Moving troops between Africa and Europe more efficiently during a crisis is expected to be streamlined and allow better synchronisation between European NATO allies and Africa, US generals said on Tuesday (23 February).
Last November, the Pentagon merged the commands responsible for operations in Africa and Europe into a single new combined command, headed by a four-star general.
The seat of the new command (USAREUR-AF) will be located in Wiesbaden, Germany where the US European Command was previously located; the troops who served in the US Africa Command in Vicenza, Italy, formed the Southern European Task Force-Africa (SETAF-AF).
The consolidation is an acknowledgement that the security situation between the two continents is “inextricably linked,” Christopher Cavoli, US Army Europe and Africa commander, told reporters in a briefing.
“This will allow the US Army to expand its focus and to enhance its commitment to both European and African security issues,” Cavoli, who previously led US Army Europe from his Wiesbaden, Germany, said.
“This consolidation is an example of how we’re posturing ourselves to be able to think regionally, and in this case across an entire hemisphere, rather than sort of artificially dividing up problem sets by our administrative boundaries,” Cavoli added.
“The close geography and economic ties between the two continents mean that regional security issues, left unchecked, quickly spread from one area to another,” Cavoli said.
“This consolidation enables greater synchronisation of operations in Africa with our NATO allies here in Europe, many of whom have very important security concerns and security interests in Africa,” Cavoli added.
“So this is a very big advance, both north of the Mediterranean and south of the Mediterranean,” he added.
Cavoli stressed the US Department of Defense would be coordinating very closely with its partners in different countries, including in Mali, where the US military is providing support to French-led peacekeeping operation Operation Barhkane.
France has repeatedly expressed the regret that it is almost alone preventing Sahel to become a major threat to world security.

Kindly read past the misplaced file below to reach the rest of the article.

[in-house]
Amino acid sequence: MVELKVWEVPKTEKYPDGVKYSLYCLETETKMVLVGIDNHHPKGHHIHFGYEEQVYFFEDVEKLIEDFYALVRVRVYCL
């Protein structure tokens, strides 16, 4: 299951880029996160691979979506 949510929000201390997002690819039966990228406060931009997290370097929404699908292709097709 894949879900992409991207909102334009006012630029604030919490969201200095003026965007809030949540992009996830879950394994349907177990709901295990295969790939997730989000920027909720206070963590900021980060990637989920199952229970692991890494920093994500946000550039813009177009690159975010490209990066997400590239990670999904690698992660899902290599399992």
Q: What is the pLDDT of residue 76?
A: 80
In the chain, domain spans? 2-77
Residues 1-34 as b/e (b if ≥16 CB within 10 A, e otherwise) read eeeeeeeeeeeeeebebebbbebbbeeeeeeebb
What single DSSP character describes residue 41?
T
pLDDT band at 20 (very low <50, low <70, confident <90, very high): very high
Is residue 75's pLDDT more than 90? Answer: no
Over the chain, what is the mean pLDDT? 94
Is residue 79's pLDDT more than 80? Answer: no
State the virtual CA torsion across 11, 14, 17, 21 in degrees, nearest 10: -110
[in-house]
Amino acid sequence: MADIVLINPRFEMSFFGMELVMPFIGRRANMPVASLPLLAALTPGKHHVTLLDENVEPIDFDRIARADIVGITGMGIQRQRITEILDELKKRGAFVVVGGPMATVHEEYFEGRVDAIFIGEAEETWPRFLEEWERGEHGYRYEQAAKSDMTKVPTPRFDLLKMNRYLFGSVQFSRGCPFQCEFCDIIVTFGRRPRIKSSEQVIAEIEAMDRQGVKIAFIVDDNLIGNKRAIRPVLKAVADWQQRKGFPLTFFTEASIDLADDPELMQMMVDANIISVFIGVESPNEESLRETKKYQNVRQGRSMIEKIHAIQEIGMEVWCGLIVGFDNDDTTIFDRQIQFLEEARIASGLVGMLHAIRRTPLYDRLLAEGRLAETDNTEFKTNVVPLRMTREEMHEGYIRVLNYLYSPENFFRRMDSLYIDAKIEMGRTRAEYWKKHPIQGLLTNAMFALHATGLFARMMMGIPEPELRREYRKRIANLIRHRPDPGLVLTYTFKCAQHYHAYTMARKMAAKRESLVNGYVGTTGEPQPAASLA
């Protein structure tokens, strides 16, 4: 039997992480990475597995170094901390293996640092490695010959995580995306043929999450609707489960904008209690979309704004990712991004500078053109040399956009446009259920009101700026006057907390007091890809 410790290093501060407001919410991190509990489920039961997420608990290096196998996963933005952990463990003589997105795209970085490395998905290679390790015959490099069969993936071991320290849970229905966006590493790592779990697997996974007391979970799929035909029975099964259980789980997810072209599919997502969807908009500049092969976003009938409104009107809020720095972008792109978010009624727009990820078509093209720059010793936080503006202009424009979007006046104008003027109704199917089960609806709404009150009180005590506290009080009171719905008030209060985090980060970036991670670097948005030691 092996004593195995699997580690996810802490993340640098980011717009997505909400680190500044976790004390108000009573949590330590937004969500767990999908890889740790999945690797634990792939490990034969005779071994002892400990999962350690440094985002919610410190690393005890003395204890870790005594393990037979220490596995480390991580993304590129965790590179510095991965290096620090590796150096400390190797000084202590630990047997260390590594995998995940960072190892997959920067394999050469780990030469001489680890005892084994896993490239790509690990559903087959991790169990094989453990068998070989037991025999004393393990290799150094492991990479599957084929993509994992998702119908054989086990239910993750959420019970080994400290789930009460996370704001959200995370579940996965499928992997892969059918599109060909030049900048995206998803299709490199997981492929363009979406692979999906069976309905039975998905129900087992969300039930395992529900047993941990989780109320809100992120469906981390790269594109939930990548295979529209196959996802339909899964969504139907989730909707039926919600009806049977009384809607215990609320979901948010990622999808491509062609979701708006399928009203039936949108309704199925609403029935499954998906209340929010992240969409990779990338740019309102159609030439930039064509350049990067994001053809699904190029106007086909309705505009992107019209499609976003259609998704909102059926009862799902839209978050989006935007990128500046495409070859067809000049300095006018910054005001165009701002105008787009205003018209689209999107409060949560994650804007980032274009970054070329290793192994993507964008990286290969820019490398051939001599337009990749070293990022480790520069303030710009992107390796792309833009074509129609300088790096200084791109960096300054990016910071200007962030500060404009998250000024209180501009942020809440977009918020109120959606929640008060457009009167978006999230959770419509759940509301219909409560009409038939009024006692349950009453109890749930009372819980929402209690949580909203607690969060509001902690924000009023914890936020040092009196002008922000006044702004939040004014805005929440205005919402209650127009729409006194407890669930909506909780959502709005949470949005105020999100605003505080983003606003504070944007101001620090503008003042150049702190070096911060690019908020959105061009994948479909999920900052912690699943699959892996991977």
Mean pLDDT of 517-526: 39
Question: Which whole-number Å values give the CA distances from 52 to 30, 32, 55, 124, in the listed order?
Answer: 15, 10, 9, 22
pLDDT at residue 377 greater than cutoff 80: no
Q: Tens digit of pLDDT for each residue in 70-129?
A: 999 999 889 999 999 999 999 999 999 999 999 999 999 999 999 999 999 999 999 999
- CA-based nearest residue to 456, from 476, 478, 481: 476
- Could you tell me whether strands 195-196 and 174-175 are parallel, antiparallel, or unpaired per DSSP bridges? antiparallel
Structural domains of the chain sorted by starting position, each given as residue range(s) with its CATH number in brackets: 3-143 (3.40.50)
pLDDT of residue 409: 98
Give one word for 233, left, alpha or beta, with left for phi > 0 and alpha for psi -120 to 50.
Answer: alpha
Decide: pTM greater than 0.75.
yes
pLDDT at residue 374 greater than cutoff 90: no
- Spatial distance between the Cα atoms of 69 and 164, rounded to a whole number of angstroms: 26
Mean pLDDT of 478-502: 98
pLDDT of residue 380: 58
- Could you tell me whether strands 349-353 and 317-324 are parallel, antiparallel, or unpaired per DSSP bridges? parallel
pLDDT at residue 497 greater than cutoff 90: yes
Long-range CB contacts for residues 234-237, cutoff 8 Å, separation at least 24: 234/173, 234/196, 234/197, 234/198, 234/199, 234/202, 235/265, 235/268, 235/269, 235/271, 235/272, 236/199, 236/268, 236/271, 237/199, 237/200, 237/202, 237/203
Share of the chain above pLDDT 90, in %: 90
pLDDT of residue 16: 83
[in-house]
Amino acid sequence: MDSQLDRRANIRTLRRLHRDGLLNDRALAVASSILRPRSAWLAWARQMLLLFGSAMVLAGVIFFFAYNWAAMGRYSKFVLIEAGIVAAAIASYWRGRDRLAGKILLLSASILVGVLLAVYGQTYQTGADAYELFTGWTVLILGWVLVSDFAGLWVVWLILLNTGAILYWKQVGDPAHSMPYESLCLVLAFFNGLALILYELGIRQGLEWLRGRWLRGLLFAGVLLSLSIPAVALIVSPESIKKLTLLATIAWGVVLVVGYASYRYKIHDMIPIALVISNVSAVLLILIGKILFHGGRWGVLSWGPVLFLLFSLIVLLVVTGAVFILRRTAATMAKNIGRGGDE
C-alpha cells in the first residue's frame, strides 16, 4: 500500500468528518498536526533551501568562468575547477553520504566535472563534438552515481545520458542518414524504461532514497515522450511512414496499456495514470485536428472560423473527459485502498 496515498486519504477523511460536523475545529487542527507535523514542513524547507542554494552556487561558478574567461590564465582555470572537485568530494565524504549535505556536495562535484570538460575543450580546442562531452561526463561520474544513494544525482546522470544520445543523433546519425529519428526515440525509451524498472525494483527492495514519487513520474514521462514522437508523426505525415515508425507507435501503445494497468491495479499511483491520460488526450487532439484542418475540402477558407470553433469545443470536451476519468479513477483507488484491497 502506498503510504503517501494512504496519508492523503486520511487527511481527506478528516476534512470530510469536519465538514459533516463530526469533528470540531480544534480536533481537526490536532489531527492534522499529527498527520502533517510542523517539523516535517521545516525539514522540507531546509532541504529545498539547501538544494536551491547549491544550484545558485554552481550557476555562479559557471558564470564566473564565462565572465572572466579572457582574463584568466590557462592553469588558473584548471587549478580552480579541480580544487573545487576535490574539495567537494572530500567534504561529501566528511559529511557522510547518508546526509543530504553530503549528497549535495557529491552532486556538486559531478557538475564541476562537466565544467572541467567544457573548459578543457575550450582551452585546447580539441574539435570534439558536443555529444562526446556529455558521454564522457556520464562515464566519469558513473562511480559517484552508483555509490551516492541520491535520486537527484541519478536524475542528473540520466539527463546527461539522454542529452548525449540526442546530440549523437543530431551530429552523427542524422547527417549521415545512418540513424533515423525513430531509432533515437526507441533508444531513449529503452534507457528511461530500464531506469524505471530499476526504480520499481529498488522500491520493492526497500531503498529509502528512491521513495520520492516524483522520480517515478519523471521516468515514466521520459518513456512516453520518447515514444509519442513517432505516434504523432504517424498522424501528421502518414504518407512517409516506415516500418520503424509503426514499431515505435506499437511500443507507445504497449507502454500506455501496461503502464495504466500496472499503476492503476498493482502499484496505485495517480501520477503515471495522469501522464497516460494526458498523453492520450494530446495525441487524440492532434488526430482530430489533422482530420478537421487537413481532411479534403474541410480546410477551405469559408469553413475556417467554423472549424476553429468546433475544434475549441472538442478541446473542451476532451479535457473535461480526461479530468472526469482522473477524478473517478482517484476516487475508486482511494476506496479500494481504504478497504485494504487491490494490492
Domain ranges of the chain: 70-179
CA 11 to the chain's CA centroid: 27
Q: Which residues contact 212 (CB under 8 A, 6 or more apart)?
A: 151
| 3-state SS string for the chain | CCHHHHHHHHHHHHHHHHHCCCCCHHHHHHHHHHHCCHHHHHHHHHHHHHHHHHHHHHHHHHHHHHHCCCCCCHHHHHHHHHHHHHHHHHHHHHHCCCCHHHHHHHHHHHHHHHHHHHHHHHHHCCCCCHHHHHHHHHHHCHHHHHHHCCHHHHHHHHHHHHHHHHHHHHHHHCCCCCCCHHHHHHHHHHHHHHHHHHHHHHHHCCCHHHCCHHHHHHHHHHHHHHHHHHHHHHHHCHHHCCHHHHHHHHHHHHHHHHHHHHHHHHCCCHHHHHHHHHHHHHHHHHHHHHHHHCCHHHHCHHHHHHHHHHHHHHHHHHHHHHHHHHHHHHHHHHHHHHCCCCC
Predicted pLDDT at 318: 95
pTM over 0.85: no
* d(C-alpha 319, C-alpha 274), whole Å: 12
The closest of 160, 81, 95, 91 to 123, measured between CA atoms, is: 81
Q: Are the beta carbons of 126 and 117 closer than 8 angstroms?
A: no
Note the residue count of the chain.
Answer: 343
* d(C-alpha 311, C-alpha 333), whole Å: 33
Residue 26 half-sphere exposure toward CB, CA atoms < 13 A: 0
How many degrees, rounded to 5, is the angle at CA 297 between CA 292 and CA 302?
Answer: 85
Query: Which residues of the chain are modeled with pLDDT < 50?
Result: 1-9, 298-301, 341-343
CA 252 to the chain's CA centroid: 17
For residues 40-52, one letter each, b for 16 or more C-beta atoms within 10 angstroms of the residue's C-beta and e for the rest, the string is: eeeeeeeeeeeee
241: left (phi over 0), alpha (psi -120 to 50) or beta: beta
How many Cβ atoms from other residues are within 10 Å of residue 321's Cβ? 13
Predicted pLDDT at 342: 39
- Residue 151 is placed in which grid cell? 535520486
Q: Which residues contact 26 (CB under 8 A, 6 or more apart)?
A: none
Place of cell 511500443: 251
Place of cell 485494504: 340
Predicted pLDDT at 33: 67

“The United States is very eager to see our European allies lead in that fashion,” he said, recalling that the involvement of the US military in Africa consists, on the one hand, in supporting anti-terrorism forces and, on the other, in building capacity with partner countries.
His deputy commander, Andrew Rohling, pointed to training in preventing attacks with the use of improvised explosives conducted throughout Africa, as well as medical, logistic, sapper and command training.
“The violence in this region has increased precipitously,” Rohling said. “Terrorist attacks in the tri-border region of Mali, Burkina Faso, and Niger doubled from 2018 to 2019 (…) and violent extremist organizations such as Ash-Shabab, Boko Haram and others are still a threat.”
“Those are violent, powerful enemies who has planned and carried out numerous attacks against African citizens, US military members, international forces and civilians such as Ambassador Attanasio,” Rohling added, referring to the attack in the Democratic Republic of Congo (DRC) in which an Italian diplomat and accompanying soldier were killed.
Earlier this year, French troops in Operation Barhkane in the Sahel lost their lives in extremist attacks.
Speed of response in crisis situations has been an area of concern for US Africa Command since the 2012 attack on a diplomatic site in Benghazi, Libya.
Since then, Washington for example had also added a marine rapid reaction force based in Spain.
Cavoli also noted that Russia would be using diplomatic, economic and in some cases military opportunities to expand its presence and influence in the region.
Asked whether the US Army’s plans in Africa are influenced by Russia’s growing military presence in Africa, especially in Libya, Russia and Sudan, Cavoli said: “The US Army’s activities, operations and investments in Africa are about US interests and interests, which we share with our security partners. It is about us and about Africa, it is not about anyone else.”
“We offer a different model. We offer stability, counter-violent extremist organisations activity, and we offer the promise of democracy, human rights and the rule of law,” he said.
US troop withdrawal plans
The Pentagon had been carrying out a review of US forces globally before former US President Donald Trump’s long-running dispute with Germany bubbled over.
Last summer, US President Donald Trump announced his intention to cut the number of US troops in Germany to 25,000, faulting Berlin for failing to meet the military alliance’s 2% GDP defence spending target and accusing it of taking advantage of America on trade.
That decision is now under review by the Biden administration.
However, all plans related to the Trump administration’s troop withdrawal from Germany had been put on hold until new Pentagon chief Lloyd Austin would review the move, US European Command chief General Tod Wolters had announced in February.
New Defense Secretary Lloyd Austin is expected to make force movements as early as June that may affect the US presence on the continent.
In December, Trump had ordered some 800 US troops out of Somalia, in part to fulfil a campaign promise to bring back American soldiers from far-flung conflicts.
“Our repositioning from Somalia does not change our commitment to maintaining the pressure on the violent extremists and those that support them in that region,” Rohling said, adding that the US continues to train the elite Somali Danab Brigade.